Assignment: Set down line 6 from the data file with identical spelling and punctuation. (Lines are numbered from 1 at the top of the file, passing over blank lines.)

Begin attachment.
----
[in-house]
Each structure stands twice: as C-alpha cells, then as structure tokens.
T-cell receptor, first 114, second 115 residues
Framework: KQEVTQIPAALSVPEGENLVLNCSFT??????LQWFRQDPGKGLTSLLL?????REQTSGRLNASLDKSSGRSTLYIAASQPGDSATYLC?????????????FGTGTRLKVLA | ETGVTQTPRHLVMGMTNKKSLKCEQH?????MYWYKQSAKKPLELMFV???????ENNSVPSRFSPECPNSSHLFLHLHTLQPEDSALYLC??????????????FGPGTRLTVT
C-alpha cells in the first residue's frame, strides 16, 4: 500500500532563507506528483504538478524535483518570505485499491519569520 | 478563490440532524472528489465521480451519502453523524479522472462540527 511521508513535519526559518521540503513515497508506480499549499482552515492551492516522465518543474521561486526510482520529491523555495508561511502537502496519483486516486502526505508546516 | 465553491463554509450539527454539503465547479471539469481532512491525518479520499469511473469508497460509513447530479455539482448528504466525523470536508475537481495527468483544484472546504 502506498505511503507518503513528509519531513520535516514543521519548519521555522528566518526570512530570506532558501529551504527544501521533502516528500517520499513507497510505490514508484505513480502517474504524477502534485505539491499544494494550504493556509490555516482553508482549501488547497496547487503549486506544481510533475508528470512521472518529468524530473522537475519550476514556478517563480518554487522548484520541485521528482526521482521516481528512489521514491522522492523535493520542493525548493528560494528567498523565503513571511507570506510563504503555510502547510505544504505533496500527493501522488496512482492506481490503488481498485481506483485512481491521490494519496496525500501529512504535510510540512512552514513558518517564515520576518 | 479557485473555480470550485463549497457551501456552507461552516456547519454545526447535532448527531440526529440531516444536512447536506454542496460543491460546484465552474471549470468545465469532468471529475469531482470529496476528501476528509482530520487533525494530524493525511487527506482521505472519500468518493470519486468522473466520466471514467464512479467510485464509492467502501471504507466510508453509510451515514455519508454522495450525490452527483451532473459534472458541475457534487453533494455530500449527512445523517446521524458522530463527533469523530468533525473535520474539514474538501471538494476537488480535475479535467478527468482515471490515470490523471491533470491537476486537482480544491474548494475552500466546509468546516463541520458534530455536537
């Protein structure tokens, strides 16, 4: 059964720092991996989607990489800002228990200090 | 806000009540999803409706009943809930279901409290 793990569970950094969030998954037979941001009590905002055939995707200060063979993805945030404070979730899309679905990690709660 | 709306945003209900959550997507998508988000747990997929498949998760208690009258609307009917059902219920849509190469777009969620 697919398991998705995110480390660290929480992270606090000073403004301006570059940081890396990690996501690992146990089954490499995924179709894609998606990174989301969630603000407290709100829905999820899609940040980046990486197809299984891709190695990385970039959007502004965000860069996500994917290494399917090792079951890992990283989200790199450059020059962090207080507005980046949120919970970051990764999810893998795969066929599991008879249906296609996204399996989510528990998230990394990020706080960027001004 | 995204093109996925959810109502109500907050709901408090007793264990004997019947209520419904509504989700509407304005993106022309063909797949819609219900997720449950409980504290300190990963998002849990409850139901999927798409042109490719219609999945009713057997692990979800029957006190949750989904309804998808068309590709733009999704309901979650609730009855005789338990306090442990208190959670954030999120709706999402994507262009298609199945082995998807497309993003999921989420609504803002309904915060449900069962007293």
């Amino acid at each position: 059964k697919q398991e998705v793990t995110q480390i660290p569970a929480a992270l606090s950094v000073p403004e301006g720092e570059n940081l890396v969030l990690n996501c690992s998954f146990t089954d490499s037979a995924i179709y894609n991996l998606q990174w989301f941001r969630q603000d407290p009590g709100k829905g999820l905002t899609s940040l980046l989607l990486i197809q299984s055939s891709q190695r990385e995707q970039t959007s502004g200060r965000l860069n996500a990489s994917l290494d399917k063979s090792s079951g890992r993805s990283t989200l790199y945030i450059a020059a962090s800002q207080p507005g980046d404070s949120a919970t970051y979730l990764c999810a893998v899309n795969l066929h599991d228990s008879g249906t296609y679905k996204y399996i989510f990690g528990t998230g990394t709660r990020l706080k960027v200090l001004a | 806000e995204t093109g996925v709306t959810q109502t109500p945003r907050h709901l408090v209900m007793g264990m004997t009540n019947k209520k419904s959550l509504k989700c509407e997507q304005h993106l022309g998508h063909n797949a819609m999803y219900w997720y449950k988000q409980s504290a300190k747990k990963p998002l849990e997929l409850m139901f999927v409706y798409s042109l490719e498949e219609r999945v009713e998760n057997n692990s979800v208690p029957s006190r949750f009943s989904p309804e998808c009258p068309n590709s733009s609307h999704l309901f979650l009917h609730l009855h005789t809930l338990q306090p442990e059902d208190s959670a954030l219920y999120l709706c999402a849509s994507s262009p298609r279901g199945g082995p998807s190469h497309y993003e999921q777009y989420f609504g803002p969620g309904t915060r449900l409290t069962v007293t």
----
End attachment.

């Protein structure tokens, strides 16, 4: 059964720092991996989607990489800002228990200090 | 806000009540999803409706009943809930279901409290 793990569970950094969030998954037979941001009590905002055939995707200060063979993805945030404070979730899309679905990690709660 | 709306945003209900959550997507998508988000747990997929498949998760208690009258609307009917059902219920849509190469777009969620 697919398991998705995110480390660290929480992270606090000073403004301006570059940081890396990690996501690992146990089954490499995924179709894609998606990174989301969630603000407290709100829905999820899609940040980046990486197809299984891709190695990385970039959007502004965000860069996500994917290494399917090792079951890992990283989200790199450059020059962090207080507005980046949120919970970051990764999810893998795969066929599991008879249906296609996204399996989510528990998230990394990020706080960027001004 | 995204093109996925959810109502109500907050709901408090007793264990004997019947209520419904509504989700509407304005993106022309063909797949819609219900997720449950409980504290300190990963998002849990409850139901999927798409042109490719219609999945009713057997692990979800029957006190949750989904309804998808068309590709733009999704309901979650609730009855005789338990306090442990208190959670954030999120709706999402994507262009298609199945082995998807497309993003999921989420609504803002309904915060449900069962007293």